10 Mar 2019

Mini Reviews 10/03/2019

We may not have time to review every book on our pull-lists but we do aim to provide a snapshot of what's been released over the past week, encompassing the good, the not so good, and those that lie somewhere in between.

MEET THE SKRULLS #1
Writer: Robbie Thompson
Art: Niko Henrichon & Laurent Grossat
Marvel $3.99

Matt C: This is Secret Invasion by way of The Americans with a Skrull family hiding in plain sight on Earth, working to thwart a project to detect their race through their genetic disguises. Similarly to the aforementioned The Americans (one of the great television shows of the last decade, lest we forget), it's the family dynamic that provides the emotional focus, lending dramatic weight to the espionage activities carried out by the two adults/two children unit. Family meals are de facto mission reports, with each of the four relaying the progress of their individual infiltrations, although it appears one of them may be getting affected and distracted by the social environment they're operating in. A skilful, well-paced script and expertly rendered art that gives texture to the emotional repression of the cast combines into a comic that, if you'll excuse the pun, seems destined to become a sleeper hit. 8/10

9 Mar 2019

Screen Time: CAPTAIN MARVEL

CAPTAIN MARVEL
Cast: Brie Larson, Samuel L. Jackson, Ben Mendelsohn, Jude Law, Annette Benning, Lashana Lynch, Clark Gregg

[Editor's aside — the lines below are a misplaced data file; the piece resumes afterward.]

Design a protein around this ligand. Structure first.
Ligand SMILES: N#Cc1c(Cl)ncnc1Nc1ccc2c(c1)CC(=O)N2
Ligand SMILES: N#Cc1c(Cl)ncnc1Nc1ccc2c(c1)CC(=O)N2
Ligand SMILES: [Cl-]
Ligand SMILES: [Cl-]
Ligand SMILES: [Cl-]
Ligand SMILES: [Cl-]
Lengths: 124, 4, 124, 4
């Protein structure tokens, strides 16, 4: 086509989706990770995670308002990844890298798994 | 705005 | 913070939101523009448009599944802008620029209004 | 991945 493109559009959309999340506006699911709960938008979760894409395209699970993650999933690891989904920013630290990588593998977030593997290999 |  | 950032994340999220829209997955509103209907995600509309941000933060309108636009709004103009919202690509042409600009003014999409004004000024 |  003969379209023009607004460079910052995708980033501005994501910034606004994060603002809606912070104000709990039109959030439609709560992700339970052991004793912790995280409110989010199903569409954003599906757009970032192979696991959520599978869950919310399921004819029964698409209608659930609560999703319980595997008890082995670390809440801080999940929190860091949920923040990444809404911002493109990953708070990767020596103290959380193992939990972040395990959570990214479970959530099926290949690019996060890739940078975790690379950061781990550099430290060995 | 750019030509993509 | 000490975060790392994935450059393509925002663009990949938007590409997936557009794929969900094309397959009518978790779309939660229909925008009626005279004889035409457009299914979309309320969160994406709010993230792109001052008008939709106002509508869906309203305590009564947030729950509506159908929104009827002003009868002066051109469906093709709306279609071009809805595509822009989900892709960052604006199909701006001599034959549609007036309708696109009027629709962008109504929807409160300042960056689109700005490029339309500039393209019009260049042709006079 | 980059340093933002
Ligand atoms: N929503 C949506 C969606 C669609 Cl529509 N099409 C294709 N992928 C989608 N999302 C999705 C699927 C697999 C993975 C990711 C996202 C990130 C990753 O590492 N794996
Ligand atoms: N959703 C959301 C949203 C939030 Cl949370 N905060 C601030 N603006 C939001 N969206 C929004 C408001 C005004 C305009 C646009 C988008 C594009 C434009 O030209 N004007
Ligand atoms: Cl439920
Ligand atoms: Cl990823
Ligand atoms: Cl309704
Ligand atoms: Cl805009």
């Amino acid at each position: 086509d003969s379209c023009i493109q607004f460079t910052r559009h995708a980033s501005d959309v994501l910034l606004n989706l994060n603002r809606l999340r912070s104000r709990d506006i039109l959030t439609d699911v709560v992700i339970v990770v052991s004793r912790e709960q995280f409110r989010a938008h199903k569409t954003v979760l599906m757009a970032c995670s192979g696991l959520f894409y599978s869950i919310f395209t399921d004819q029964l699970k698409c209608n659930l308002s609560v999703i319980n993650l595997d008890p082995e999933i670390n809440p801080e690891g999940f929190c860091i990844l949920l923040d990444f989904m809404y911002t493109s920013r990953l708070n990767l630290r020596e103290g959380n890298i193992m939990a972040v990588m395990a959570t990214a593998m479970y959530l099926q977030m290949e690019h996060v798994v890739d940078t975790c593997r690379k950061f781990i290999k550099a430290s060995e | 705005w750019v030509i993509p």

Directors: Anna Boden, Ryan Fleck
Runtime: 124 minutes
Certificate: 12A
Release Date: 8th March 2019

Jo S: My concerted efforts not to read any reviews of Captain Marvel before establishing my own opinion were subverted at the very final hurdle last night by the explosive reactions of my PCG co-conspirators - ranging as they did from ‘Absolute tripe’ to ‘Brilliant’ - so I’ve been exerting every scrap of resilience to make sure that what you read here is not dragged in any particular direction by the opinions of others. It’s impossible though to talk about this movie without reference to the extraordinarily divided and divisive opinions which have infected social media, even warranting a shock (but ultimately ineffective) change in policy at Rotten Tomatoes. Releasing the movie on International Women’s Day was a bold choice, perhaps designed to inflame further the trolling quarters of the internet, but is this actually a feminist movie, ‘pandering to the #MeToo generation’, designed to chime into the zeitgeist rather than appropriately reflecting the history and ethics of a beloved Marvel character? Let’s park that for a second…